Or..."when a bottle of French wine had a ménage à trois with some stuffed Italian bread and a dish of ratatouille".
I’ll come right out and say that there is no grand story behind last night’s dinner. What may come across as a well-planned out, labor-intensive feast, took no more than an hour of active work. And, I am proud to say that aside from the bottle of Bordeaux, the gorgonzola, and fresh mozzarella, the makings of our dinner were either locally grown, homegrown , or windowsill-grown.
When the season for fresh, local tomatoes finally comes around, I find it important to enjoy their juicy goodness while you can. Come January, the store shelves are stocked with hard, pale baseballs. What’s the point, folks? Why even bother. In the winter, it is best to resort to canned tomatoes for all of your cooking needs, and leave the unripe rocks to those who know no better. But my calendar says we still have another good month of two before being forced into fresh tomato deprivation.
While the picking is still good, we made some ratatouille.
As a lover of fish and alternate proteins, I would be happy to eat meat only once or twice a meat. However, when you live with a man who sneaks bacon rind snacks into the shopping cart and spends the whole year dreaming of a Christmas dinner with salted lambs ribs, it’s hard to pass off a dinner without a dead animal as a “complete”. Of course, with one exception: Siri’s ratatouille with stuffed focaccia. The convincing certainly grows easier when you stuff the bread with nearly a pound of cheese.
Today’s post is for Focaccia Farcita, a recipe I got from the local library’s cookbook aisle. I won’t be able to give credit to anyone, as I don’t remember who the author was, but I do recall that it came from a Norwegian bread-baking book with a section on “exotic bread from around the world”. Just say the words, Focaccia Farcita, it sounds so rustic, so Old World, so Ligurian coast. No?
The bread is made with the traditional ingredients of flour, olive oil, sugar, salt, and yeast and is stuffed with (what appears to be) a traditional blend of ingredients; gorgonzola, fresh mozzarella, and basil. The top of the bread is dotted with small fingertip indentations, creating small wells in the bread before being coated with olive oil and topped with sea salt and sprigs of fresh rosemary. Meraviglioso e delizioso!
I’ve done my very best to translate this from the Norwegian and to convert from the metric. If you have a kitchen scale at home, I highly recommend using it. I find weighing your dry ingredients to be not only incredibly quick, but also practical and precise. For this reason, I have placed the metric measurements within parentheses, allowing you to take your pick of measuring units.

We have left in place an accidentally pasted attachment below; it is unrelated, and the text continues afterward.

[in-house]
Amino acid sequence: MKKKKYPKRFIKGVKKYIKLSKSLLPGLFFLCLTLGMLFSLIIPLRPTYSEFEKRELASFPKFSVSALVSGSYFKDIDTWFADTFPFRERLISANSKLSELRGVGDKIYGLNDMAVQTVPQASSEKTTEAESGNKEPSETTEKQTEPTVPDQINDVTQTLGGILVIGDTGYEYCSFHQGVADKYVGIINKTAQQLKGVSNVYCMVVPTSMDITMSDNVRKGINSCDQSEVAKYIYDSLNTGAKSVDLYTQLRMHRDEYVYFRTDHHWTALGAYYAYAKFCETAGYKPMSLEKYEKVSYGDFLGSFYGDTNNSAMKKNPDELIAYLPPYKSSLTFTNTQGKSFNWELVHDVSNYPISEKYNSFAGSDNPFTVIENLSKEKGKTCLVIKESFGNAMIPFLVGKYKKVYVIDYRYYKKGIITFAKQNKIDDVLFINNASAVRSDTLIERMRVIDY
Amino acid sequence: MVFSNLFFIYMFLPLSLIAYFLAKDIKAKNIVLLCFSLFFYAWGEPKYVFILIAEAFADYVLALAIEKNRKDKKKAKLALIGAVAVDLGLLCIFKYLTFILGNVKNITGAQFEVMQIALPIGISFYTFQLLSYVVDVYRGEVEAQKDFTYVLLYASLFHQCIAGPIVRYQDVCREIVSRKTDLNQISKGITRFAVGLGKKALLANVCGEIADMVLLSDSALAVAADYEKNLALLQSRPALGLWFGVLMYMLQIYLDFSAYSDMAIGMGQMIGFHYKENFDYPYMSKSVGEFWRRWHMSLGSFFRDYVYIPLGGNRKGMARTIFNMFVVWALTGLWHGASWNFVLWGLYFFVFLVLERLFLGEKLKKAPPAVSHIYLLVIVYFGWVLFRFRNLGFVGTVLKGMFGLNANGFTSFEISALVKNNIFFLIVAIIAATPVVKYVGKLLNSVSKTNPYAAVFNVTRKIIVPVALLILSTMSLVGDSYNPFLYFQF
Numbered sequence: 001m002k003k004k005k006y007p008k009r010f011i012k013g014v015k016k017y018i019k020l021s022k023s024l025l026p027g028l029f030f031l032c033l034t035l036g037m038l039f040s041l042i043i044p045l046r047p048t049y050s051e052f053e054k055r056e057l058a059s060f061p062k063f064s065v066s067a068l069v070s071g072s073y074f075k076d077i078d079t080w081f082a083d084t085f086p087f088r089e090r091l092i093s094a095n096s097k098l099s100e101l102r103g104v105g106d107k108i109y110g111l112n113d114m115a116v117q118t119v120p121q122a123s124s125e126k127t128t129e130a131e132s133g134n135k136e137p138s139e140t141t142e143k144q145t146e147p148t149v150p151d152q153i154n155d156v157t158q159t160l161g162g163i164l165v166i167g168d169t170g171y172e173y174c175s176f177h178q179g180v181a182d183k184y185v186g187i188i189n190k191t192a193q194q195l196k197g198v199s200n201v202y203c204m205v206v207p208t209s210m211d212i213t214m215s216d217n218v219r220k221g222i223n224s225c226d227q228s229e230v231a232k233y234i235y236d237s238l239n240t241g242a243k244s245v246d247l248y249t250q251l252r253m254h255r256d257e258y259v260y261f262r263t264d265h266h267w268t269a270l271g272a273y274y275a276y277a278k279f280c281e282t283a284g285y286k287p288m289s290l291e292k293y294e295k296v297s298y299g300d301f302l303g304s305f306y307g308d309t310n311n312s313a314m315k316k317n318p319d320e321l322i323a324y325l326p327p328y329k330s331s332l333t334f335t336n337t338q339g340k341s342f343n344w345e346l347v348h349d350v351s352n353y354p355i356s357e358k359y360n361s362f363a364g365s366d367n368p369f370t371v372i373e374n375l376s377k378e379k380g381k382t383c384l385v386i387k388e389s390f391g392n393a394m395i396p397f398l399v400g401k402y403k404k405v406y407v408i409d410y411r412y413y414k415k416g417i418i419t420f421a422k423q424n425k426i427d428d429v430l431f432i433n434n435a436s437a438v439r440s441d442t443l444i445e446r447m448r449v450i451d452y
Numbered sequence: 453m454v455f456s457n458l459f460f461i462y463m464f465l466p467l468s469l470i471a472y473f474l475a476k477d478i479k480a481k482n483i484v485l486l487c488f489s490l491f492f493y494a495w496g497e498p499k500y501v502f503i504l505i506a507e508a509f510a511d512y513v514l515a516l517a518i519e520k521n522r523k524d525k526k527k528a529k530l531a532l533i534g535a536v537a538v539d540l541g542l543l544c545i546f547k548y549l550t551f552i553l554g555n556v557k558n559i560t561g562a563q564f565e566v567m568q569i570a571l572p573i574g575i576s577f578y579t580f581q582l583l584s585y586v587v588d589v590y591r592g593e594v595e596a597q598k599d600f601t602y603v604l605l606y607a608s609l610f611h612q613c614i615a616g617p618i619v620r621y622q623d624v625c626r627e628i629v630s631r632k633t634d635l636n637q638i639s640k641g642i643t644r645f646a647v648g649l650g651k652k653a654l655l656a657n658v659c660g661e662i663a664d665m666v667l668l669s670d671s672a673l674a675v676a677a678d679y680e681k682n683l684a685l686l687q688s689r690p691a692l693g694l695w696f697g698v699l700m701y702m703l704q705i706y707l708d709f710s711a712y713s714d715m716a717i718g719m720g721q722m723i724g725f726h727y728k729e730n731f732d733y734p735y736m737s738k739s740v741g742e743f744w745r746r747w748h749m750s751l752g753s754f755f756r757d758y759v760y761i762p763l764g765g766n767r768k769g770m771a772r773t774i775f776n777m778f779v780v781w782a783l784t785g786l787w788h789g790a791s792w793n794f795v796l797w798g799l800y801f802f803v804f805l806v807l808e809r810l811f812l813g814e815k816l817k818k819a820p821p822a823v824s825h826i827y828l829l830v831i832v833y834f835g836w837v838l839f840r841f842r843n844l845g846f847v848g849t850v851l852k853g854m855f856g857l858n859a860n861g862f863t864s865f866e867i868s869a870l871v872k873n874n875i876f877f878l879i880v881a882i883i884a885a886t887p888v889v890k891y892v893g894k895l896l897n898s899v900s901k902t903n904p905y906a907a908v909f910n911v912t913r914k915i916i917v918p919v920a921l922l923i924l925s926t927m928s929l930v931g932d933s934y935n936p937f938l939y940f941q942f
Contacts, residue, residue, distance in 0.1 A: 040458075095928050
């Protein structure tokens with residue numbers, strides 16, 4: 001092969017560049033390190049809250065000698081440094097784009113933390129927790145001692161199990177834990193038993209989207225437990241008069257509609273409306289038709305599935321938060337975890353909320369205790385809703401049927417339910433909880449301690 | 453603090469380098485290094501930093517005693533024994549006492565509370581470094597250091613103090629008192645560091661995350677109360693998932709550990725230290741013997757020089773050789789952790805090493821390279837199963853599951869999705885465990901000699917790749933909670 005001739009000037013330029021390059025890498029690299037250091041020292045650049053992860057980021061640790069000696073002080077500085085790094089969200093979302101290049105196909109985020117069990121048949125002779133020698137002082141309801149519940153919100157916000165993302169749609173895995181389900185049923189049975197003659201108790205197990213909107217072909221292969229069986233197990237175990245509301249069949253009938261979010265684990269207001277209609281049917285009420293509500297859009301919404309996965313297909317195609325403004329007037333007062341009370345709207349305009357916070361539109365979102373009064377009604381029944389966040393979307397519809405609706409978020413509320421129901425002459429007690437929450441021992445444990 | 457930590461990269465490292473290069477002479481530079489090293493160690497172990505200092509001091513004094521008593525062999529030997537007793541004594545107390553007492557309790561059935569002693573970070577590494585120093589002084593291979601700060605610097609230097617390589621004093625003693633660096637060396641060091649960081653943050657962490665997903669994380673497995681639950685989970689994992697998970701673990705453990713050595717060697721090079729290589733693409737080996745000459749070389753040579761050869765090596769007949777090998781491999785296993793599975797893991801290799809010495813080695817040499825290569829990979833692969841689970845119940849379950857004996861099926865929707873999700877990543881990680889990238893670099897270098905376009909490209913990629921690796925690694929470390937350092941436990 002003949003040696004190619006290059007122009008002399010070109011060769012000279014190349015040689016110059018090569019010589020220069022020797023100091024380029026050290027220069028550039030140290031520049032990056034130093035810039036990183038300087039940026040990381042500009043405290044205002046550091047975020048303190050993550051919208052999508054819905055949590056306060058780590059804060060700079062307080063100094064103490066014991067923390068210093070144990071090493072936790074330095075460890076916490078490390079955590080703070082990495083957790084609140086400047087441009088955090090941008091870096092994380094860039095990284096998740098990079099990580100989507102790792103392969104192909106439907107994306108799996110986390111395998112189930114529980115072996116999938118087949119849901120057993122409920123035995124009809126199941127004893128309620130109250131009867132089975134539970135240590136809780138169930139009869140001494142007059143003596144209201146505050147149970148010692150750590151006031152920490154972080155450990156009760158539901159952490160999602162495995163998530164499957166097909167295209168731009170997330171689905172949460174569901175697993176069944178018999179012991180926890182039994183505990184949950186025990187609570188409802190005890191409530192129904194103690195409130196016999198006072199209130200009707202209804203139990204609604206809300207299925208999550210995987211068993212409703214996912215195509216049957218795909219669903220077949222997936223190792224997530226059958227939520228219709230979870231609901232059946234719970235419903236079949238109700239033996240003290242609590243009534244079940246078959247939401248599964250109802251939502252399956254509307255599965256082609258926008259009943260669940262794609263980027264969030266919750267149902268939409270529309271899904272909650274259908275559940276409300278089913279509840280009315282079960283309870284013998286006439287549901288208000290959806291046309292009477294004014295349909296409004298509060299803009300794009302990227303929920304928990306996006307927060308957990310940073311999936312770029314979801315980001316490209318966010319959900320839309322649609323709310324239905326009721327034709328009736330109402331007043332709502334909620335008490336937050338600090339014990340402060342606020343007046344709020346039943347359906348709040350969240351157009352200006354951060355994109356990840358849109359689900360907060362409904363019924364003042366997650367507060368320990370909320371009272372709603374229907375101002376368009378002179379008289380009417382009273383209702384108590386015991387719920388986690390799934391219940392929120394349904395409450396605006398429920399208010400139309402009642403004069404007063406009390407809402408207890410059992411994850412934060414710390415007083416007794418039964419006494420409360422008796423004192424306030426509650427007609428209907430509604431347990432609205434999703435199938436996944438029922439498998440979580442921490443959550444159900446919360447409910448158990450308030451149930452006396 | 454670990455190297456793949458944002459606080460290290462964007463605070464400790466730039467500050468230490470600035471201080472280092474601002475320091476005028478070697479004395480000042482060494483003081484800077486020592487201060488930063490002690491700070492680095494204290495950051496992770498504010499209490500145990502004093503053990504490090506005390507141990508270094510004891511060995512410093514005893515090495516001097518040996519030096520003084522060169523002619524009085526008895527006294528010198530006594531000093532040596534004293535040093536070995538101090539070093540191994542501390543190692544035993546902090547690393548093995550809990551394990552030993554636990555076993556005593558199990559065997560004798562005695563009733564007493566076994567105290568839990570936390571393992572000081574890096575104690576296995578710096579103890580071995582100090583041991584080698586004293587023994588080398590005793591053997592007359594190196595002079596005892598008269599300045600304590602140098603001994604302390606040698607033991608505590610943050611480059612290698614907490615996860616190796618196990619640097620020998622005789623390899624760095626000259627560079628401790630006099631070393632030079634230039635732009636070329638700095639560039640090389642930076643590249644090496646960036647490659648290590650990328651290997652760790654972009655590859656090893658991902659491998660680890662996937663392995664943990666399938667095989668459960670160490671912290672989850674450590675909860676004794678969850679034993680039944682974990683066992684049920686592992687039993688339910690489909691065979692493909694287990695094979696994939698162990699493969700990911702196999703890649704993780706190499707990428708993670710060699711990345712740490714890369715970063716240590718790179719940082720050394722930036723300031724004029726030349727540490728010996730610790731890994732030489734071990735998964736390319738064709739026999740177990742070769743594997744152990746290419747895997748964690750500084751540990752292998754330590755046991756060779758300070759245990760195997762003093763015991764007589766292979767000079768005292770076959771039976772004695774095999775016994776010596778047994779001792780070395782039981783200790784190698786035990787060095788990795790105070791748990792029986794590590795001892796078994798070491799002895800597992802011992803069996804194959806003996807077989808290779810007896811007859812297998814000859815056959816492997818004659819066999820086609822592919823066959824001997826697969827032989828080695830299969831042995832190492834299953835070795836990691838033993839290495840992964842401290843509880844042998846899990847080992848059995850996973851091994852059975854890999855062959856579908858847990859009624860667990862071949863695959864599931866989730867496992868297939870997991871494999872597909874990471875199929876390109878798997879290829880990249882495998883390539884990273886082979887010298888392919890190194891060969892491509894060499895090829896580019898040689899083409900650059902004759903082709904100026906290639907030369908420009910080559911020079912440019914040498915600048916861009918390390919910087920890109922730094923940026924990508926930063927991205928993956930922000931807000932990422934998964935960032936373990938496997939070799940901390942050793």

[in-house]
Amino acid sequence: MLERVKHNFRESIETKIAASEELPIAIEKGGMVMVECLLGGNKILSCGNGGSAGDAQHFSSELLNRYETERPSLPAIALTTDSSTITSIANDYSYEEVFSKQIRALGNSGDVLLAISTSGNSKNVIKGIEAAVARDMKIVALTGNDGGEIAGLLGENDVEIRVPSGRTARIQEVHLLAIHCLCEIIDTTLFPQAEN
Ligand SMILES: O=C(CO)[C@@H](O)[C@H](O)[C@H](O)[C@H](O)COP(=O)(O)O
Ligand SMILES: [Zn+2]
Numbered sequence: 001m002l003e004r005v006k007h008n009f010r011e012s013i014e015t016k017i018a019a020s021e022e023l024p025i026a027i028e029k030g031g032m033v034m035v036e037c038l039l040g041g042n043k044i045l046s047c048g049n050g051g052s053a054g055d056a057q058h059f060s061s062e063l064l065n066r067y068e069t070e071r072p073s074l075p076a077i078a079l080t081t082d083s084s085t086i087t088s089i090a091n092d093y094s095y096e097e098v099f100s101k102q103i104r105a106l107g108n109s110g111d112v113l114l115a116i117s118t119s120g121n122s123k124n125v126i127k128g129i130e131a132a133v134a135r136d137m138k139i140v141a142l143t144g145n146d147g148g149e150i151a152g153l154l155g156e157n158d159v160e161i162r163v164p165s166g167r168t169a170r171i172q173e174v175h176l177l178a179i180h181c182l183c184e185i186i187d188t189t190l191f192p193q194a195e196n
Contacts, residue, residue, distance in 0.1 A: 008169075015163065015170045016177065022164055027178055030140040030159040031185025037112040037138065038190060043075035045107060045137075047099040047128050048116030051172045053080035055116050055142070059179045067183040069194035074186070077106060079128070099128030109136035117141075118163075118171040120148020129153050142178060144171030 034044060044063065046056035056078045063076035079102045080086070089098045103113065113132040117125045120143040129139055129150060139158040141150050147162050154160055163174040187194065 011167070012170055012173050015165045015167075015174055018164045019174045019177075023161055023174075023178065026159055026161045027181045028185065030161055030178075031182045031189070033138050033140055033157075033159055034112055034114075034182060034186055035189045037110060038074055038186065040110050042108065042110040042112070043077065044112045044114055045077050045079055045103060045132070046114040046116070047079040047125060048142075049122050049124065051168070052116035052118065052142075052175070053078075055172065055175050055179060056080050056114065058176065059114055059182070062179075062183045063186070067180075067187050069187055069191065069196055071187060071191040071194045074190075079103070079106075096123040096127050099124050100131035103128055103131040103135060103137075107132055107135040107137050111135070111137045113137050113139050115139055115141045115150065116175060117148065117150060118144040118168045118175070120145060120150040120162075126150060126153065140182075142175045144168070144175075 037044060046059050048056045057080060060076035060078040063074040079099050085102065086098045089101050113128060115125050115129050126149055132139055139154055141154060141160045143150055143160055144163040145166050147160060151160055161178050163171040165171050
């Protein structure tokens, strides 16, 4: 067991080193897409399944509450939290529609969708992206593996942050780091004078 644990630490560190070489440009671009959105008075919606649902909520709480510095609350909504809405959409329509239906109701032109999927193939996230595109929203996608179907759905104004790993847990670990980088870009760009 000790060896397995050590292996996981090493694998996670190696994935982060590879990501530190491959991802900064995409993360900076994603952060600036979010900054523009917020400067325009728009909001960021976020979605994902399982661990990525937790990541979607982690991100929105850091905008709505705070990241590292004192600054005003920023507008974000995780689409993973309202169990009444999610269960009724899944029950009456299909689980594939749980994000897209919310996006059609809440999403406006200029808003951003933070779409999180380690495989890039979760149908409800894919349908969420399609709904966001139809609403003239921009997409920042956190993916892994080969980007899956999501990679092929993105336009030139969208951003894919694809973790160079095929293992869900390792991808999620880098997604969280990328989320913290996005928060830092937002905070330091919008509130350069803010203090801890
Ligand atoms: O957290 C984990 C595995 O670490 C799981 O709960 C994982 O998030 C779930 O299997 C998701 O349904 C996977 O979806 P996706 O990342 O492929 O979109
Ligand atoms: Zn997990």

*adapted from a "breads of the world" baking book I once picked up at our local library, the title of which is long since forgotten
Makes one-2 Lb. (900 gram) focaccia
2 teaspoons dry active yeast
1 1/4 cups (300 dl) water, lukewarm for activating your yeast
1 1/2 teaspoons salt
4 1/2 cups (500 grams) All-Purpose flour
3 Tablespoons of a good-quailty olive oil
6 ounces (200 grams) gorgonzola
6 ounces (200 grams) fresh mozzarella
A good handful of fresh basil leaves
1/2 teaspoons sea salt
A couple sprigs of fresh rosemary
1. Pour 2/3 of the lukewarm water into a small bowl. Dump the yeast and sugar on top of the water, give a small stir, and allow to activate and foam.
2. Blend the flour and salt in a large bowl. Add the yeast water and the olive oil, stir well with a wooden spoon. Add the rest of the water and stir/knead until your dough is soft and springy.
3. Turn the dough out onto a lightly floured work surface, and knead until the dough is elastic, roughly 8 minutes. Add more flour if dough appears too moist, more water if dough appears too dry.
4. Lightly oil a deep container, lay the dough in the container, and cover with plastic. Allow dough to rise until doubled in size, approximately 2 hours.
5. Deflate the risen dough and divide into two even pieces. Allow these to rest, covered, for another 10 minutes.
Filling the bread:
6. Using a rolling pin, roll both doughs out into10”circles. Place one circle onto a lightly greased baking sheet and scatter your basil and cheese across the dough, leaving a small edge.
7. Lay the other circle onto of the first and cinch the edges with your fingers to create a seal. Lay a kitchen towel over your bread and allow it to rise one last time, for 30 minutes. Preheat the oven to 400F.
8. After the 30 minutes are up, use your finger tips to make small indentations in the bread. Drizzle or lightly brush a small amount of olive oil over the top, sprinkle with the sea salt, and decorate the top with short sprigs of rosemary.
9. Bake in the preheated oven until golden, somewhere between 35 and 45 minutes.
10. After you removing from the oven, drizzle on another 2-3 tablespoons.
11. Serve warm with a good red wine, a rustic dish with tomatoes, and if necessary, a little salami or prosciutto.